Before you go out and write a Vxd, there are Win32 API methods which can be used to access any disk interupt, incluing 13h, (certain) 21h, etc. Use CreateFile to open a handle to the "VWin32.VxD". Then you can use DeviceIoControl to acess many functions. All you need is the docs to them, which i cannot find on the net, so you will have to order the MSDN DDK cd.
I've pasted the description of this API call from the MSDN CD's. The second parameter is troublesome. ************************************************** Header file: Winbase.h Windows CE versions: 1.0 and later Syntax BOOL DeviceIoControl( HANDLE hDevice, DWORD dwIoControlCode, LPVOID lpInBuffer, DWORD nInBufferSize, LPVOID lpOutBuffer, DWORD nOutBufferSize, LPDWORD lpBytesReturned, LPOVERLAPPED lpOverlapped ); Parameters hDevice Handle to the device that is to perform the operation. Call the CreateFile function to obtain a device handle. dwIoControlCode Specifies the control code for the operation. This value identifies the specific operation to be performed and the type of device on which the operation is to be performed. No specific values are defined for the dwIoControlCode parameter. However, the writer of a custom device driver can define IOCTL_XXXX control codes, per the CTL_CODE macro. These control codes can then be advertised, and an application can use these control codes with DeviceIoControl to perform the driver-specific functions. lpInBuffer Long pointer to a buffer that contains the data required to perform the operation. This parameter can be NULL if the dwIoControlCode parameter specifies an operation that does not require input data. nInBufferSize Size, in bytes, of the buffer pointed to by lpInBuffer. lpOutBuffer Long pointer to a buffer that receives the operationís output data. This parameter can be NULL if the dwIoControlCode parameter specifies an operation that does not produce output data. nOutBufferSize Size, in bytes, of the buffer pointed to by lpOutBuffer. lpBytesReturned Long pointer to a variable that receives the size, in bytes, of the data stored into the buffer pointed to by lpOutBuffer. The lpBytesReturned parameter cannot be NULL. Even when an operation produces no output data, and lpOutBuffer can be NULL, the DeviceIoControl function makes use of the variable pointed to by lpBytesReturned. After such an operation, the value of the variable is without meaning. lpOverlapped Ignored; set to NULL. Return Values Nonzero indicates success. Zero indicates failure. To get extended error information, call GetLastError. Remarks When passed parameters such as DISK_IOCTL_GETINFO, the DeviceIoControl function does not change the dwBytesReturned parameter. This is because the IOCTL_GETINFO command interface returns the information to the input buffer specified with the lpOutBuffer parameter. DeviceIoControl sets dwBytesReturned only when the control code writes into the output buffer. Many other DISK_IOCTL_GET* command codes return this information in the input buffer, as well. See Also CreateEvent, CreateFile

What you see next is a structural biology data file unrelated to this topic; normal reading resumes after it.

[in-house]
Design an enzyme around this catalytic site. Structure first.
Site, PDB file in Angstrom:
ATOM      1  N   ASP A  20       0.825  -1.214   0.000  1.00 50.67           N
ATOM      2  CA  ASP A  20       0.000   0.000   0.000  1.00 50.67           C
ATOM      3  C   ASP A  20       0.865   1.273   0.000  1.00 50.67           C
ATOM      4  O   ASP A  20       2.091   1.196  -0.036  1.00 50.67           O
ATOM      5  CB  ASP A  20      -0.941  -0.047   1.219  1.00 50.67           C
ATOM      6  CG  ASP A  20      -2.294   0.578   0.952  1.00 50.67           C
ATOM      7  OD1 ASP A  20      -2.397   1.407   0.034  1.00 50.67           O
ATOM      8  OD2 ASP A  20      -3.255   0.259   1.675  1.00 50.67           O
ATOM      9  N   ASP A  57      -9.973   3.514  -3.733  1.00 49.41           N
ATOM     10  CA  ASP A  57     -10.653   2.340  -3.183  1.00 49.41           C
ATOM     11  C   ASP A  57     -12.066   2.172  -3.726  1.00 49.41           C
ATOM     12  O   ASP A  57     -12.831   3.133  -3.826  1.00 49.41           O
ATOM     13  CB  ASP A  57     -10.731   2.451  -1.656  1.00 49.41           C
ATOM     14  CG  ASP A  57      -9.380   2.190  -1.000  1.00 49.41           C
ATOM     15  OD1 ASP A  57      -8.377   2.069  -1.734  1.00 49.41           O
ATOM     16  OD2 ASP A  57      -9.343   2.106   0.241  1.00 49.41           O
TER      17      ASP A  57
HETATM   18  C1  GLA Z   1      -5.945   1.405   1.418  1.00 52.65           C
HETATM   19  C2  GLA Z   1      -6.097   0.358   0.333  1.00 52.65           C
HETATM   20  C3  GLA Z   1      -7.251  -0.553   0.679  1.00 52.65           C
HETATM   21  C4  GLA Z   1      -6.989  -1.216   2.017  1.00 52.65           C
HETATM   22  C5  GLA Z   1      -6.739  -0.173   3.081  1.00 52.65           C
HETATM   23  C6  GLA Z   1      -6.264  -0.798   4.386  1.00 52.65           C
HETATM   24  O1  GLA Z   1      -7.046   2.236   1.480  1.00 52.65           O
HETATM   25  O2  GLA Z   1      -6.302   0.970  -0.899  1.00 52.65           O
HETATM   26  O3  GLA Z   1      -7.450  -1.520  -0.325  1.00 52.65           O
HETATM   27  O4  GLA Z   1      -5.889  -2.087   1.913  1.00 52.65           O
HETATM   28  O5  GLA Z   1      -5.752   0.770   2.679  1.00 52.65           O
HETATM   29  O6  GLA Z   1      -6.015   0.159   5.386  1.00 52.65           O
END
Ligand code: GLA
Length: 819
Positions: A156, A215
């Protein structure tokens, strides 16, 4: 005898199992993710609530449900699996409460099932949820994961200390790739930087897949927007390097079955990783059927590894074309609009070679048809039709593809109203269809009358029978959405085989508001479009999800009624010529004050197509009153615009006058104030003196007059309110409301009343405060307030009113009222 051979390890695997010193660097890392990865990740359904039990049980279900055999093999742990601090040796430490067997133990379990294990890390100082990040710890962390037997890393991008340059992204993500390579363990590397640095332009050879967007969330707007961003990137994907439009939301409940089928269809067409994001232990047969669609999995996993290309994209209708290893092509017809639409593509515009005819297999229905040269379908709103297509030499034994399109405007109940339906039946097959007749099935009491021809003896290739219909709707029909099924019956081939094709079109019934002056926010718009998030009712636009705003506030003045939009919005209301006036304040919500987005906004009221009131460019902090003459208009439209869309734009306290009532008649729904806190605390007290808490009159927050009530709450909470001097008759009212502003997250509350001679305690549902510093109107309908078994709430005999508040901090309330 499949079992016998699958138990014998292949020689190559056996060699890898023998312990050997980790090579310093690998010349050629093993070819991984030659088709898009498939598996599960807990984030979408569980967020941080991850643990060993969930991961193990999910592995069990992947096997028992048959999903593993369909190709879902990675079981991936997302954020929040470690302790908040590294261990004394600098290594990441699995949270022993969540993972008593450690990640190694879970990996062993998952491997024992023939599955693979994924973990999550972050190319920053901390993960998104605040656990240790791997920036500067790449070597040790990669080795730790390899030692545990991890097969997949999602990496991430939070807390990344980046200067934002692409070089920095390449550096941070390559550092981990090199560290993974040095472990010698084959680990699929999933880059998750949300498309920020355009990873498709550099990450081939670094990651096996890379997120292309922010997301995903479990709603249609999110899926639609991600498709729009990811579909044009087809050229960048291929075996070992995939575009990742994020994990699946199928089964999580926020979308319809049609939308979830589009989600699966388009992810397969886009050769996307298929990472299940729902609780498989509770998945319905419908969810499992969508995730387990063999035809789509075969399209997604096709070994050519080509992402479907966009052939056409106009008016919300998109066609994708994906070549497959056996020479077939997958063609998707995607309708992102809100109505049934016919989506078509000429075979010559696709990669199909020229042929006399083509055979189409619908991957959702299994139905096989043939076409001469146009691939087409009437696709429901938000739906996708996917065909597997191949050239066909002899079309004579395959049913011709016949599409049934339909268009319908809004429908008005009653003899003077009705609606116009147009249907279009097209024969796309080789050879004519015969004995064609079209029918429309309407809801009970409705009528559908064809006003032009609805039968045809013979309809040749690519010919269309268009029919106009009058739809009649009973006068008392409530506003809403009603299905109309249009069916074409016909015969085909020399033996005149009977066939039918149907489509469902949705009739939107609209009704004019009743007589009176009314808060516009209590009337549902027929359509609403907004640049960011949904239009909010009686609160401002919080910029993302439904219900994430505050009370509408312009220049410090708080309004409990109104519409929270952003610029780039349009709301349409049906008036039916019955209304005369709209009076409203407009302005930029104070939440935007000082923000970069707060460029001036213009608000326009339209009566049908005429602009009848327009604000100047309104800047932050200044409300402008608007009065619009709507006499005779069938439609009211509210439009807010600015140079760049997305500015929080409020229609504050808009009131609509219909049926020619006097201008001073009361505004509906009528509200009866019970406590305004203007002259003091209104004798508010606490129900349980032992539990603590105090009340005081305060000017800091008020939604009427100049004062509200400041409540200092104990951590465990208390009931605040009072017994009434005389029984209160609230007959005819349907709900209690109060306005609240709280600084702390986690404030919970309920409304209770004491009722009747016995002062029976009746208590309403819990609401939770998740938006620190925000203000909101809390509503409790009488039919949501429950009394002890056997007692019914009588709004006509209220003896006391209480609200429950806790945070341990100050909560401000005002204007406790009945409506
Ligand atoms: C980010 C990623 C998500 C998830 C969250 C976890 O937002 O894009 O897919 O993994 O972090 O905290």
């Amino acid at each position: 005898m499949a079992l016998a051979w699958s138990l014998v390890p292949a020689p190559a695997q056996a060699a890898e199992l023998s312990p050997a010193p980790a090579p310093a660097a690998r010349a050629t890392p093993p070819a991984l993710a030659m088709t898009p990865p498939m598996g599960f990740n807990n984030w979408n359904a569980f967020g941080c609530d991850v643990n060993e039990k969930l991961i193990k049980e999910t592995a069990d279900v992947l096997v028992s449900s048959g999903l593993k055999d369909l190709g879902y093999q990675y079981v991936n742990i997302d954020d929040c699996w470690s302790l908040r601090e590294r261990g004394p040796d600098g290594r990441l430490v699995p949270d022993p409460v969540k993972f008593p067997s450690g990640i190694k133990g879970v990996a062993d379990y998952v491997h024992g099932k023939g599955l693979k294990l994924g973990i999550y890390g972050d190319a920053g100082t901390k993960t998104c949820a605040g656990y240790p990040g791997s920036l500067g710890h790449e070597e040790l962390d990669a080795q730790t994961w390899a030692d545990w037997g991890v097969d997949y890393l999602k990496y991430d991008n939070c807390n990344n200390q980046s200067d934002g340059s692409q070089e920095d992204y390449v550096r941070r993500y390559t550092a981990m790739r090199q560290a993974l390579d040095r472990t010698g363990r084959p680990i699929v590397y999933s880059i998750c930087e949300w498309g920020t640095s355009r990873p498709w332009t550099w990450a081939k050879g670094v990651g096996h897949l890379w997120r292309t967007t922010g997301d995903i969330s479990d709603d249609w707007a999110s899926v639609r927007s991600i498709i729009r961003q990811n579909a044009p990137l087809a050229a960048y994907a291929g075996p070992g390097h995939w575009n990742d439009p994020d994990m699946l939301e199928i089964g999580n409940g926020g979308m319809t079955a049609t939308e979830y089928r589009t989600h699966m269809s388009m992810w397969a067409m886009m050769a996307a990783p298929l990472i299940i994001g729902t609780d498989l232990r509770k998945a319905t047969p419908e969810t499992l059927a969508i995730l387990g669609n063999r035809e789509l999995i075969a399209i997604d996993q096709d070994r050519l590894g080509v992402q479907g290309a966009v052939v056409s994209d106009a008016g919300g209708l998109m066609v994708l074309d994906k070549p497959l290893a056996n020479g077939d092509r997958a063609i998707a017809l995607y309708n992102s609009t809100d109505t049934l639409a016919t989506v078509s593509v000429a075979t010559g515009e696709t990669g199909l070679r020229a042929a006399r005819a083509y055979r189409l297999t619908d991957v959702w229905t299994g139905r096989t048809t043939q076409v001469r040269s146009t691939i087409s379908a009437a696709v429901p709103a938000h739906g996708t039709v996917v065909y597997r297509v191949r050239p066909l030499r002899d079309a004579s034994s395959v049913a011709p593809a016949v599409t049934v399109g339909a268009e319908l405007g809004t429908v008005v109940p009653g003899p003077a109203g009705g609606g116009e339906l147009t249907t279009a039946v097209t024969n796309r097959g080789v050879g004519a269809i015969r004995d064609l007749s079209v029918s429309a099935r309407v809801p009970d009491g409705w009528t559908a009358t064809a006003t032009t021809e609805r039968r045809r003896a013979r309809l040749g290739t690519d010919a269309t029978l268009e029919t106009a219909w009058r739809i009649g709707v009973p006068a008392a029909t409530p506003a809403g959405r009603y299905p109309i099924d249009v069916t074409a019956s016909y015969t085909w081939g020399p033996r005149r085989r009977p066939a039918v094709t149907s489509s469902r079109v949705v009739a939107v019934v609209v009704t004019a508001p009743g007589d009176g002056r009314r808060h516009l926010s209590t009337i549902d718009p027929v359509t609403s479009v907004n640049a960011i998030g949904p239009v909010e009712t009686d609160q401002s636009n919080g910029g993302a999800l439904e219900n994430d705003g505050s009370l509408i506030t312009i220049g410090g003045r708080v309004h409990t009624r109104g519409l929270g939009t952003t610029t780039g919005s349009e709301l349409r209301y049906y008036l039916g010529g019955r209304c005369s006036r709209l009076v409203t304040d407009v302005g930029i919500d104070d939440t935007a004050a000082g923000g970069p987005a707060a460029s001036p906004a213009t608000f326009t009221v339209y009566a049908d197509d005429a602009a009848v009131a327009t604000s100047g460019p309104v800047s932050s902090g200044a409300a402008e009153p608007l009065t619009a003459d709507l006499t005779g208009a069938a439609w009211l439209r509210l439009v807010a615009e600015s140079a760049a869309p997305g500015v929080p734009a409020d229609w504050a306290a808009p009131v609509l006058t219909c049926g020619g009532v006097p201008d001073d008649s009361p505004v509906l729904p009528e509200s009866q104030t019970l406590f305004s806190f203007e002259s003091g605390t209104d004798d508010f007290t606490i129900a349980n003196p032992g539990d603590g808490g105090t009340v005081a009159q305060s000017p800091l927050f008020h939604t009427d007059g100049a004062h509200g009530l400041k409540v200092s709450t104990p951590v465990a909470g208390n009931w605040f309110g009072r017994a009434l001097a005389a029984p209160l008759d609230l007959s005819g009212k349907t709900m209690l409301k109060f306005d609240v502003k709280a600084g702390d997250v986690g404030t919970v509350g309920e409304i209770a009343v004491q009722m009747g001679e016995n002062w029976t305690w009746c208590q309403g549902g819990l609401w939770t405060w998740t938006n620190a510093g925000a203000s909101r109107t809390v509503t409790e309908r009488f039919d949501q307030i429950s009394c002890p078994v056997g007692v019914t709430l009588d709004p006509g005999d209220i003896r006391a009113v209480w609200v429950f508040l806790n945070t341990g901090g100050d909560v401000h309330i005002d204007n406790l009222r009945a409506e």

BogdanOntanu: Don't speak to quick that serial number you get in a DOS box is the same as the one given with GetVolumeInformation and DOES CHANGE EVERY TIME YOU FORMAT THE DRIVE! This is true on every harddrive I have ever used except the ancient 20mb and 85mb drives which I'm sure nobody running any form of Win32 will have (Unless your designing for win32s). This is the same for 3-1/2 inch disks too, the serial number changes when you format, this is also now the same for Burned CD's you can specify a SerialNumber if you want to override the default one! Besides what is the purpose of this? An anti-pirating system? Remember people with registered copies of your program may change hard drives. :P See ya, Ben